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“Enthralling, searching, profound, an extraordinarily powerful work on Jewish identity in the twenty-first century.”—Rabbi Lord Jonathan Sacks A bold proposal for discovering relevance in Judaism and ensuring its survival, from a pioneering social activist, business leader, and fighter pilot in the Israeli Air Force God Is in the Crowd is an original and provocative blueprint for Judaism in the twenty-first century. Presented through the lens of Tal Keinan’s unusual personal story, it a sobering analysis of the threat to Jewish continuity. As the Jewish people has become concentrated in just two hubs—America and Israel—it has lost the subtle code of governance that endowed Judaism with dynamism and relevance in the age of Diaspora. This code, as Keinan explains, is derived from Francis Galton’s “wisdom of crowds,” in which a group’s collective intelligence, memory, and even spirituality can be dramatically different from, and often stronger than, that of any individual member’s. He argues that without this code, this ancient people—and the civilization that it spawned—will soon be extinct. Finally, Keinan puts forward a bold and original plan to rewrite the Jewish code, proposing a new model for Judaism and for community in general. Keinan was born to a secular Jewish family in Florida. His interest in Judaism was ignited by a Christian minister at his New England prep school and led him down the unlikely path to enlistment in the Israel Air Force. Using his own dramatic experiences as a backdrop, and applying lessons from his life as a business leader and social activist, Keinan takes the reader on a riveting adventure, weaving between past, present, and future, and fusing narrative with theory to demonstrate Judaism’s value to humanity and chart its path into the future. Advance praise for God Is in the Crowd “Beautifully written, brilliantly argued, this is a unique contribution to the conversation and a must read for anyone concerned with Jewish continuity.”—Yossi Klein Halevi, author of Letters to My Palestinian Neighbor “God Is in the Crowd blends social science, economics, religion, and national identity to help us see more clearly who we are as individuals, people, and a society.”—Dan Ariely, author of The Upside of Irrationality “American, Israeli, entrepreneur, fighter pilot, and investor: Keinan’s diagnosis of Israel and the Jewish Diaspora is provided through the lens of a rich and gripping life story. Keinan’s contribution is indispensable to the debate about the future of the Jewish people.”—Dan Senor, co-author of Start-up Nation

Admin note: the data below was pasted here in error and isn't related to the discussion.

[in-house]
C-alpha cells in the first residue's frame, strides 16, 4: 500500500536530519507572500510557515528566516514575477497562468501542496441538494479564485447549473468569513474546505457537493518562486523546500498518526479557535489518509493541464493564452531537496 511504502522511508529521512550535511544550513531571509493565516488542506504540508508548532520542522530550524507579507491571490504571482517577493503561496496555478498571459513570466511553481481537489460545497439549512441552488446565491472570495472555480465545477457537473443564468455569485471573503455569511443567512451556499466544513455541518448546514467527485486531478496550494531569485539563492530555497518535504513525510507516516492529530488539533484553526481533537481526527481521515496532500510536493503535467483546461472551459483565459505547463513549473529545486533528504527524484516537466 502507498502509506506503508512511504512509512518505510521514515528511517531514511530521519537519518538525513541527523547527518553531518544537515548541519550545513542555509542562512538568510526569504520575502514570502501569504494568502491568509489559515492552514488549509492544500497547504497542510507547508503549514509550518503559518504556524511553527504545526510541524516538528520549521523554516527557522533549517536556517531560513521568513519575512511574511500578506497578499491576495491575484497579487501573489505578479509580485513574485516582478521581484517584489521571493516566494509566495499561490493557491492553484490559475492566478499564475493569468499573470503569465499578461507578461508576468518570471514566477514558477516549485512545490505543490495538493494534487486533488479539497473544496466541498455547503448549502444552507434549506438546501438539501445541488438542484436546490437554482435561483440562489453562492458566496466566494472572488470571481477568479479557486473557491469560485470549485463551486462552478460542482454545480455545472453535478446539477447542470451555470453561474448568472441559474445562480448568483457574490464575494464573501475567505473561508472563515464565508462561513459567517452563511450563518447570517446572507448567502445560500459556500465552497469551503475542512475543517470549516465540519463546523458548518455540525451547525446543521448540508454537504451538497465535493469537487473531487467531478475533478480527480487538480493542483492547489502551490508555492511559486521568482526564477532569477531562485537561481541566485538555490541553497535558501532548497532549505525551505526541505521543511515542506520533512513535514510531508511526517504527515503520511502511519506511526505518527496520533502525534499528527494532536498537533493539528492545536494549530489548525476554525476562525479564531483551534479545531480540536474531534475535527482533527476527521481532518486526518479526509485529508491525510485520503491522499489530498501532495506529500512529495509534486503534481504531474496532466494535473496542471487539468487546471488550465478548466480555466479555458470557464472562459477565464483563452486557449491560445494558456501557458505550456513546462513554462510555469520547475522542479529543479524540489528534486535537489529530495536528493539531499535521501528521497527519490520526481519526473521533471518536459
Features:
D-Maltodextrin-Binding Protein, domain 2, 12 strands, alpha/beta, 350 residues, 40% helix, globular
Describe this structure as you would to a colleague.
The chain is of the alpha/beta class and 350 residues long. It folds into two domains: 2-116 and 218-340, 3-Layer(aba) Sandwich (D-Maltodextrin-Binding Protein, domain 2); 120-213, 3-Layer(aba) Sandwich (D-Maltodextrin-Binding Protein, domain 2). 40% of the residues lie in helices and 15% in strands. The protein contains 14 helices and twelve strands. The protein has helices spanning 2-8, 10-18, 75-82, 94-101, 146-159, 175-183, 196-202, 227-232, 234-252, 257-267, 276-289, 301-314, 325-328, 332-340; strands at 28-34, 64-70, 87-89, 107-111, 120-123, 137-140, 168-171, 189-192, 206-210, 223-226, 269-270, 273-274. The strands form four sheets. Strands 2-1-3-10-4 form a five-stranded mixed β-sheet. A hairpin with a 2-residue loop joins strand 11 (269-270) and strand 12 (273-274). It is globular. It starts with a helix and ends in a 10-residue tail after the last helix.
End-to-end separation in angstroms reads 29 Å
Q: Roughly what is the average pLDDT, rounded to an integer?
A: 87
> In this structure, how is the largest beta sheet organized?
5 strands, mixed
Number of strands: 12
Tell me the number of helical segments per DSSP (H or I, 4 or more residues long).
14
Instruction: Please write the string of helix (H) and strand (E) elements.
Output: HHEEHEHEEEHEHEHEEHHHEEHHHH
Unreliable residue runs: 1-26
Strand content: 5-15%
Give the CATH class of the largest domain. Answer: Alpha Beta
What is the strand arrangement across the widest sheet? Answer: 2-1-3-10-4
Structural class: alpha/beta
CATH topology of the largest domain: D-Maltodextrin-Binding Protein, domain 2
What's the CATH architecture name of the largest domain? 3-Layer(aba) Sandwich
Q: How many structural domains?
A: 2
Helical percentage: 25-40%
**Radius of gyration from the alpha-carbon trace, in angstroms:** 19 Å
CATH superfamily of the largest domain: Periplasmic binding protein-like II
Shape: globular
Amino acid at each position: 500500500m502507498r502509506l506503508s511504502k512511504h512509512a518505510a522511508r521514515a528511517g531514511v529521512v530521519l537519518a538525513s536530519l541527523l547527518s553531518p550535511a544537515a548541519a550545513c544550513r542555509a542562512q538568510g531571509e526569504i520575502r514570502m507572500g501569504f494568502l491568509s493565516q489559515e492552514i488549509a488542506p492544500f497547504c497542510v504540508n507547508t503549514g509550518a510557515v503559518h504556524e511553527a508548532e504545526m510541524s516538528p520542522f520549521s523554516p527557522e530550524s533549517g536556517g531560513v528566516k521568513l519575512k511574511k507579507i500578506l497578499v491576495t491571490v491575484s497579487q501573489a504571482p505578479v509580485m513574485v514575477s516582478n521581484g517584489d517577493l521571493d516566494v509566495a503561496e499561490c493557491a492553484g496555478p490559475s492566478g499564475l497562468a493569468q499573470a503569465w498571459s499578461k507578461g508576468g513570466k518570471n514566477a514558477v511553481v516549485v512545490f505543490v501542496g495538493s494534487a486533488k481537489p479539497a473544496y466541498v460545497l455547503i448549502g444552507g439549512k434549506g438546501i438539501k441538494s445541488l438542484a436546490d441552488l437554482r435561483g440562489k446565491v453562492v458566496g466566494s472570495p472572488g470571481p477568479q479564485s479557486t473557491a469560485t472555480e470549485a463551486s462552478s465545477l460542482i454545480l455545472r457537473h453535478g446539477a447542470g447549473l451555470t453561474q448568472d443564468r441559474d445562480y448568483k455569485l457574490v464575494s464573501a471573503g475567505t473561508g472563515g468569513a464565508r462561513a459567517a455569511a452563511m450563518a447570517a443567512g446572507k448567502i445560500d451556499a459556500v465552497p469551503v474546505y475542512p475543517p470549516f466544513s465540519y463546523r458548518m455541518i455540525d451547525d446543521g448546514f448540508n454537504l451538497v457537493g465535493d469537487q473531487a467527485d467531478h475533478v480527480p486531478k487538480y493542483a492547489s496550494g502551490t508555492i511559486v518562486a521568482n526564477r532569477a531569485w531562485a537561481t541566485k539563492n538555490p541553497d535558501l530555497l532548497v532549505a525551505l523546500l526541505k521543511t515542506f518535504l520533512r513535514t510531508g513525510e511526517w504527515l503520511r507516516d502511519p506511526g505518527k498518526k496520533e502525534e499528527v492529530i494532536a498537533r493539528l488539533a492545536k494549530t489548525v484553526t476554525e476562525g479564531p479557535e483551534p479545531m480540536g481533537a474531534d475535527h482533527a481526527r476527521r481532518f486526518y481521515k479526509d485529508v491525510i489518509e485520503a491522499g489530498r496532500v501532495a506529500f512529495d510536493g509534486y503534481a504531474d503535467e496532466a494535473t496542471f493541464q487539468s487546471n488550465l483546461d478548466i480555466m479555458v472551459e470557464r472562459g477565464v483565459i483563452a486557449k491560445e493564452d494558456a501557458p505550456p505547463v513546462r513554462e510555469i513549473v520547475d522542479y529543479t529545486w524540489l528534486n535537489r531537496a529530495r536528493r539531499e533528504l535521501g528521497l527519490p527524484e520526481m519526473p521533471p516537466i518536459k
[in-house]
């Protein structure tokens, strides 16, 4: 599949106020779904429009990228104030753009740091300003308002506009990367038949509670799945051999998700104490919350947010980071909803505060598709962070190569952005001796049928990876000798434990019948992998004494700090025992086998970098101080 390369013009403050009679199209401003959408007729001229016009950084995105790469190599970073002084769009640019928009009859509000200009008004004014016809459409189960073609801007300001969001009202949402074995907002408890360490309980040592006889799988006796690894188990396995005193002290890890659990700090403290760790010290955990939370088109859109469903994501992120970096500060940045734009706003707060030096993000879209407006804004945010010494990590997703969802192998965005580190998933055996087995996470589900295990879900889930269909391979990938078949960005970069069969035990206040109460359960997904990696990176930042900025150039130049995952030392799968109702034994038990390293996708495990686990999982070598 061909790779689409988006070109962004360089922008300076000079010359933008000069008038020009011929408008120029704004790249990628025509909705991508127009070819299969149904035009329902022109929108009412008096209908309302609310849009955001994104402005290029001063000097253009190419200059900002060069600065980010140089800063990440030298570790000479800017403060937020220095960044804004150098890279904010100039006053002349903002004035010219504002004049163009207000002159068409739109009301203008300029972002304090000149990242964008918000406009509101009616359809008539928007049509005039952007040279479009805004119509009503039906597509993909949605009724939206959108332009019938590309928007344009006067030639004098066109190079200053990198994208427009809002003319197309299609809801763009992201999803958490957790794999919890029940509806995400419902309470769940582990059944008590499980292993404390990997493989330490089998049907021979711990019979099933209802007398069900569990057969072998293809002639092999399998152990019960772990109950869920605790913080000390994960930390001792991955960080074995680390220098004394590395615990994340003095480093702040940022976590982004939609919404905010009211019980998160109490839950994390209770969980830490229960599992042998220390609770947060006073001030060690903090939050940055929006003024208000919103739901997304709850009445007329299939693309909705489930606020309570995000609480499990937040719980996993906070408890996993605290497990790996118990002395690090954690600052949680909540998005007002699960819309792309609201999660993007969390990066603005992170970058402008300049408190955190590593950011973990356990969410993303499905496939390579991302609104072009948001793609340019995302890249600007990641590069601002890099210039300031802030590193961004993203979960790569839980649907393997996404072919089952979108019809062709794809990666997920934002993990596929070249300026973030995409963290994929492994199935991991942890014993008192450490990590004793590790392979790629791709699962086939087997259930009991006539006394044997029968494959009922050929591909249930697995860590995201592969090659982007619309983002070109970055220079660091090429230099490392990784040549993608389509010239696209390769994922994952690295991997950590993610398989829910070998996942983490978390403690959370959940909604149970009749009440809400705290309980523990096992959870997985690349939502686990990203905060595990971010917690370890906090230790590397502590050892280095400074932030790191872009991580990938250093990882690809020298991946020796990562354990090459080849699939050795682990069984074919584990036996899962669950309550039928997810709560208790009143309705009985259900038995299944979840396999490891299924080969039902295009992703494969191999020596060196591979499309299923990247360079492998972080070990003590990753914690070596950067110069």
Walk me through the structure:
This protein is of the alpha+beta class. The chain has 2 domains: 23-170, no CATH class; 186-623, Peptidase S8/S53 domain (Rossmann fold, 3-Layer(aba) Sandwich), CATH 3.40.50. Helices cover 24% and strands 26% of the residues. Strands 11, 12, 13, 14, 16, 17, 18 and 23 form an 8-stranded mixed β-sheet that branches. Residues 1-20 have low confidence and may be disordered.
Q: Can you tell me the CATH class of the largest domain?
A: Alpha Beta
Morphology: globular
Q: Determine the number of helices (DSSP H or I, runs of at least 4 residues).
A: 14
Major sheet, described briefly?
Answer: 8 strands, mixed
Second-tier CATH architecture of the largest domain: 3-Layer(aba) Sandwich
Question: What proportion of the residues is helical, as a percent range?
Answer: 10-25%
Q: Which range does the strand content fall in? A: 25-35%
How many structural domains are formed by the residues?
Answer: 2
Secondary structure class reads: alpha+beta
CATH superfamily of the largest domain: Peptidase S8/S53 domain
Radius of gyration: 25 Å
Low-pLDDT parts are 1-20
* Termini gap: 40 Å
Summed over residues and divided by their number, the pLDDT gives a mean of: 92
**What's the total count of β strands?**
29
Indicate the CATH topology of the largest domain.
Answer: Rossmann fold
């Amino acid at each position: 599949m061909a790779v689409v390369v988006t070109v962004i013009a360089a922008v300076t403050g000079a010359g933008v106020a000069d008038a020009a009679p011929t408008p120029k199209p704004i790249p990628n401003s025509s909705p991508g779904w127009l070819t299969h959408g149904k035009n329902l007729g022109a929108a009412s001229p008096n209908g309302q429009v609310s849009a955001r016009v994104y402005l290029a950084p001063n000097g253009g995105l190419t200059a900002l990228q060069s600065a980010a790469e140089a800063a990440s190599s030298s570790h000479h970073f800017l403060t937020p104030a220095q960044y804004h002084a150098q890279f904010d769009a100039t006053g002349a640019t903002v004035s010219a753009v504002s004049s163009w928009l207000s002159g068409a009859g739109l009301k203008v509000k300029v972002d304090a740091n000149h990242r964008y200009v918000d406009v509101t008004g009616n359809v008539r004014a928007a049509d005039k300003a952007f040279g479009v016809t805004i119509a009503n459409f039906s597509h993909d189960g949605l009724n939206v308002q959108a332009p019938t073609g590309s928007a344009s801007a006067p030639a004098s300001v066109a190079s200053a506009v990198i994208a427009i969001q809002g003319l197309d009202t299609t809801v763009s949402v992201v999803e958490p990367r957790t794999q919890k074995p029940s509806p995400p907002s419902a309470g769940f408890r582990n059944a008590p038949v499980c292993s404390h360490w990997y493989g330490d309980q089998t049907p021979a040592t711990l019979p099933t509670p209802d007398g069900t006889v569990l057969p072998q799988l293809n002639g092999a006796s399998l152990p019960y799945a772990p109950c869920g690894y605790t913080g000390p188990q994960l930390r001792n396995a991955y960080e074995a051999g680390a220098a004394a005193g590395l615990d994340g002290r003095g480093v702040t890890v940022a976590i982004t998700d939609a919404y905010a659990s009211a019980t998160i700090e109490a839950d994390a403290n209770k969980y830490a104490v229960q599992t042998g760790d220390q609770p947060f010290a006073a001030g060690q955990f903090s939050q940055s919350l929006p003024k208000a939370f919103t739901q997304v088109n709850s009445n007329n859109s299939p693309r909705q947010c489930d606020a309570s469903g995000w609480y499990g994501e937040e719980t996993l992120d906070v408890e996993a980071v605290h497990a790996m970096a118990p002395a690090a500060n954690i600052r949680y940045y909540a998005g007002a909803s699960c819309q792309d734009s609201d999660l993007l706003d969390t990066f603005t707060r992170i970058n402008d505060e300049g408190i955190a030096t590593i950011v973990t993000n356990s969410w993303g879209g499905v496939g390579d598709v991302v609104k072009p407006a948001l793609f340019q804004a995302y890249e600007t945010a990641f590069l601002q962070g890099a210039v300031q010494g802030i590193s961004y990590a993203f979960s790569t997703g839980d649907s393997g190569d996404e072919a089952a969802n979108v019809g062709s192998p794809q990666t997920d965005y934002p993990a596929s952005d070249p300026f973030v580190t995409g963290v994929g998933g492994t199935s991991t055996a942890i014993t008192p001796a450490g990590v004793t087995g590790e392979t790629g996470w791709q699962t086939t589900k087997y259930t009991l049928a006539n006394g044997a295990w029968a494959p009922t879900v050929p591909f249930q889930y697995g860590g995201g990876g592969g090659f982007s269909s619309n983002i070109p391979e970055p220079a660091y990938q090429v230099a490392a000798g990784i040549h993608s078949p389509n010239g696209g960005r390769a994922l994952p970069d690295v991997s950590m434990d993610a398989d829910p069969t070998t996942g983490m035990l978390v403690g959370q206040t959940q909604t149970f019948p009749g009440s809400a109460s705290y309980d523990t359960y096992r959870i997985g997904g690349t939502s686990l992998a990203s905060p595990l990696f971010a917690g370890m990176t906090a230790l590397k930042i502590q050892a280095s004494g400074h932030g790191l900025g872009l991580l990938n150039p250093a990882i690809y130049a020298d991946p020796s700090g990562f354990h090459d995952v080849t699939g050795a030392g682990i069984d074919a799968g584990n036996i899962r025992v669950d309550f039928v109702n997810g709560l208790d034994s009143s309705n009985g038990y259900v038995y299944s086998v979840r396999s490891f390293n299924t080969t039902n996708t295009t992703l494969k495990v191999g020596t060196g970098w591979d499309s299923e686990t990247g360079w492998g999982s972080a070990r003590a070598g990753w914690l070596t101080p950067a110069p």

Embracing Auschwitz

Author : Joshua Hammerman
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The Judaism of Sinai and the Judaism of Auschwitz are merging, resulting in new visions of Judaism that are only beginning to take shape. Each of the chapters of this book outlines an aspect of this work-in-progress, this Torah of Auschwitz, and we will see just how the ways of Sinai are being recast, the old wells re-dug. Jewish survival will not be assured until the grandchildren of survivors and others of their generation can begin to take the darkness of the Shoah and turn it into a song, absorbing the absurdity of a silent God while loving life nonetheless. "Compelling and provocative." --Yossi Klein Halevi, author, Letters to My Palestinian Neighbor "Eye opening and thought provoking." --U.S. Senator Richard Blumenthal "A powerful meditation on what Judaism could be in this time." -- Peter Beinart, author, The Crisis of Zionism "Hammerman's brave new vision challenges us and demands our attention." -- Gary Rosenblatt, Editor At Large, The Jewish Week "Should be read by every Jew who cares about Judaism." -- Rabbi Dr. Irving "Yitz" Greenberg, author, The Jewish Way

Letters from Apartheid Street

Author : Michael T. McRay
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In 1984, Ron Sider challenged that until Christians are ready to risk everything in pursuit of peace, we dare never whisper another word about pacifism . . . Unless we are ready to die developing new nonviolent attempts to reduce conflict, we should confess that we never really meant that the cross was an alternative to the sword. From this challenge, Christian Peacemaker Teams was born. Nearly thirty years later, Michael McRay too explored Sider's challenge, interning with CPT in the West Bank city of Hebron. Alongside local and international peacemakers, McRay learned how to resist the violence of occupation, sharing in the stories of a suffering people as he struggled to embody the peaceable spirit of the rabbi from Nazareth. This book tells those stories. Drawing on his personal experience with the land and its history, McRay's raw letters home tackle critical issues relevant to peacemakers everywhere: What is really happening in Palestine that mainstream media fails to report? How are Palestinians' lives being affected? How can one be peaceable amidst such violence and oppression? How should Christian discipleship influence one's pursuits of peacemaking and reconciliation? McRay's letters illustrate both the challenge and promise of the cross in today's world.